From R01 to RU6, R U Ready?
PROS: R-2R discrete resistor DAC design (the first R-2R portable usb dac dongle), natural analog tonality with a resolving sound, NOS implementation, Resistor Array volume control, 3.5mm and 4.4mm outputs.
CONS: lightning cable is optional, less extra features in comparison to other similar dongles.
The product was provided to me free of charge for the review purpose in exchange for my honest opinion.
How do you follow the release of the first R-2R Android DAP? If you are Cayin, after the introduction of R01 DAC/amp card for their modular N6ii DAP, the answer would be the first R-2R usb DAC/amp dongle. Following a popular release of R01 which brought their 2-year-old N6ii back into the spotlight, to an unexpected surprise of many audiophiles, Cayin scaled down the R01 design into a small standalone usb dongle with a power to transform your smartphone, tablet, laptop, or another DAP into a hi-res audio player with discrete resistor R-2R Ladder DAC.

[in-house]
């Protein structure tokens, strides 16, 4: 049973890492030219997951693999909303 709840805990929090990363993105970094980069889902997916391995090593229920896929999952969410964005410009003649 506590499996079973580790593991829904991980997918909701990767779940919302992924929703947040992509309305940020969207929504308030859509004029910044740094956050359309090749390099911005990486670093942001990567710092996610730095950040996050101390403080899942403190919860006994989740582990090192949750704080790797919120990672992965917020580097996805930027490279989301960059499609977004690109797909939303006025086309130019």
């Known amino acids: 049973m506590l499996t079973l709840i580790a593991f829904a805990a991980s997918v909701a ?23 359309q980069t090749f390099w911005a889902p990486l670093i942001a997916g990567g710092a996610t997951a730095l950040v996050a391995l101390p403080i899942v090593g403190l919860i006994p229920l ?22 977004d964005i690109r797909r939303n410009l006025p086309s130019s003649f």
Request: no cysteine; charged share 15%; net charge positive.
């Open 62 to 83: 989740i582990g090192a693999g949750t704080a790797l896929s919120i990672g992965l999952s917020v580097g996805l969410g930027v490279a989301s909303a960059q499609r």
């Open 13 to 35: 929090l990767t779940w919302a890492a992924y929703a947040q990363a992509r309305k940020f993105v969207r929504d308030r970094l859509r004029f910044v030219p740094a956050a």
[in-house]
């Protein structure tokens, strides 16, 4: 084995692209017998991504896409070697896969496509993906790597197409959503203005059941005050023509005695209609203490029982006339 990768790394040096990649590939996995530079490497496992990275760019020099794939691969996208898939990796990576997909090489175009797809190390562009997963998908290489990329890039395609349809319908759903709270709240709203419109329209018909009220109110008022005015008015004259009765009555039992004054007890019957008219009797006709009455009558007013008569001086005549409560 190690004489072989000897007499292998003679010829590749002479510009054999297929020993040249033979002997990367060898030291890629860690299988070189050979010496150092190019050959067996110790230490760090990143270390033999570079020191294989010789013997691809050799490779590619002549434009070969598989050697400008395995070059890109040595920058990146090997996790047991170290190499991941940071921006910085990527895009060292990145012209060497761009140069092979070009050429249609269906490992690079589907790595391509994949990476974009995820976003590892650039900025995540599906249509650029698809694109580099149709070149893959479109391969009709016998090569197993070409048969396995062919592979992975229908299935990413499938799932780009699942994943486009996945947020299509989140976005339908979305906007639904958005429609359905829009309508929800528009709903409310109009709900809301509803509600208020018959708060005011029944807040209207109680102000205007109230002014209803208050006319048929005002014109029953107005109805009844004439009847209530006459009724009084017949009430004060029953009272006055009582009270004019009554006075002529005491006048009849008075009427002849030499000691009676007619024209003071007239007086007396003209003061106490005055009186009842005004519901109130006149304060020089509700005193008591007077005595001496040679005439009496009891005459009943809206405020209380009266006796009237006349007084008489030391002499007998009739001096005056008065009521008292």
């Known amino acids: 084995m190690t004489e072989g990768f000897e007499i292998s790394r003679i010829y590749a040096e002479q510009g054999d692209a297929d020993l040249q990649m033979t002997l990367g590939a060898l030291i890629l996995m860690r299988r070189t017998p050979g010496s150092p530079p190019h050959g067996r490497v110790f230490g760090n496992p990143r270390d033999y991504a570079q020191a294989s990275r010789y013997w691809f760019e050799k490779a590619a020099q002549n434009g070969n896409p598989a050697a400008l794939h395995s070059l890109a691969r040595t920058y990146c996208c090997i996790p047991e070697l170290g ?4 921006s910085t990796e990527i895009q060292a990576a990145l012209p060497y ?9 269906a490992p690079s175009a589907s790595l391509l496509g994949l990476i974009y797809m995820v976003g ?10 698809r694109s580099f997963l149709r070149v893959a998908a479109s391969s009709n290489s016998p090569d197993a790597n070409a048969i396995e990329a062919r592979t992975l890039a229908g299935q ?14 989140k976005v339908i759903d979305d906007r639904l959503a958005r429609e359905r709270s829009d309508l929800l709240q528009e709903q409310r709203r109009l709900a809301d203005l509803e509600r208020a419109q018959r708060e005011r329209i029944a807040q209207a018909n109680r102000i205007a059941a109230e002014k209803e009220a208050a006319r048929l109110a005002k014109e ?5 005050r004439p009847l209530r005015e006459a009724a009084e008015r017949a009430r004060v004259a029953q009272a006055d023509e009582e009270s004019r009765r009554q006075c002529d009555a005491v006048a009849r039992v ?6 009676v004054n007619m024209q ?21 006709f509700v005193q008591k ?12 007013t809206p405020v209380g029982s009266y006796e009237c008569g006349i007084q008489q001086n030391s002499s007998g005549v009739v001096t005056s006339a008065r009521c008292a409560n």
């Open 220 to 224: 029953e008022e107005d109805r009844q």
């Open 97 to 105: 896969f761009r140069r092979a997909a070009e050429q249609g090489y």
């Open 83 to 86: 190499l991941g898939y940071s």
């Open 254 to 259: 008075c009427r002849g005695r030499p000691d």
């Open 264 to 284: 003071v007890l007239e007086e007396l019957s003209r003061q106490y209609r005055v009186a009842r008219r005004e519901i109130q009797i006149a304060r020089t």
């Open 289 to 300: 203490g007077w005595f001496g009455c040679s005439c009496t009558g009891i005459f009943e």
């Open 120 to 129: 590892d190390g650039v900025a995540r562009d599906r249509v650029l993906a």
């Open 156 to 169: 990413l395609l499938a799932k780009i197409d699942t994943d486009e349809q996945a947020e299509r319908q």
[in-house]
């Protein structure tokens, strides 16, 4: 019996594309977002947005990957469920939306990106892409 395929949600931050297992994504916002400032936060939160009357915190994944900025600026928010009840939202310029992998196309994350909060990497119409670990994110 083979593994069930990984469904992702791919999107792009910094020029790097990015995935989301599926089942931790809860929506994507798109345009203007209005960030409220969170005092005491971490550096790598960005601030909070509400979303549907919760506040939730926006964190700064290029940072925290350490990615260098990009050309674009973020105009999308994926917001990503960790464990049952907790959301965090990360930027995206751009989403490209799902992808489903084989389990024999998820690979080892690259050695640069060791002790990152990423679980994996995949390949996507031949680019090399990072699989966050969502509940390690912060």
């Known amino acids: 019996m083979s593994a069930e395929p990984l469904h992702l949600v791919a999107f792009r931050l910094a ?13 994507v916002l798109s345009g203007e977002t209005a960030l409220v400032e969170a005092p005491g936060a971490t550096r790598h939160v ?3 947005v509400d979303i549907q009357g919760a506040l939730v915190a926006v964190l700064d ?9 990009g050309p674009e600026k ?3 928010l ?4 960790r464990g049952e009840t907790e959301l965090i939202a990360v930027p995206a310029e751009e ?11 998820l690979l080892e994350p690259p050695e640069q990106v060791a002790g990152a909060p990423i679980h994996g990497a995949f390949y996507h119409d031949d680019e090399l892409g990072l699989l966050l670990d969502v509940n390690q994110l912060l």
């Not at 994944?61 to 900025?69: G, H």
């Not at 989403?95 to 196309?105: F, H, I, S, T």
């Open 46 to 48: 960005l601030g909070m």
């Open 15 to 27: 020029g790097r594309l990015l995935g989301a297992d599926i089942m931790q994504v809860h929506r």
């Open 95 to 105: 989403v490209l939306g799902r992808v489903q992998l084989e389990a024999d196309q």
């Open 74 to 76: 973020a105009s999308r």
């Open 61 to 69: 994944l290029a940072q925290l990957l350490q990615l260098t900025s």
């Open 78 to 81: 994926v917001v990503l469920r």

Last year R-2R was a popular buzzword circulating around audiophile communities. While the design principle behind it has been around for a long time, the deficiency and discontinuation of various Delta Sigma DACs triggered by AKM factory fire and chip shortage during challenging pandemic times pushed some manufacturers to be more creative and to bring this discrete solution down to a portable DAP level. And when I say discrete solution, I’m talking about dozens of small resistors forming a discrete R-2R Ladder DAC.
If you think that was challenging to pack into a pocket friendly DAP or a small modular card, imagine getting it all inside of a small usb DAC/amp dongle. Actually, dongles have been making a big comeback lately, feature-packed with SE and BAL outputs, control buttons, and a display to access the config of the device without a need for an app, everything you will find in this latest Cayin release. After spending 2 months of testing RU6, plus a ton of posts I made and questions I answered on Head-fi about it, it’s time to summarize everything in my full review.
Unboxing and Accessories.
RU6 arrived in a compact black cardboard box with a glossy 3D picture of the device on its cover. Inside, you will find RU6 sitting securely in a thick foam cutout with accessories underneath. Included were a short, properly shielded usb-c to usb-c OTG interconnect cable and a cool usb-c to usb-A adapter to use RU6 with devices that have standard usb port. Also, there was a detailed manual in multiple languages, including English.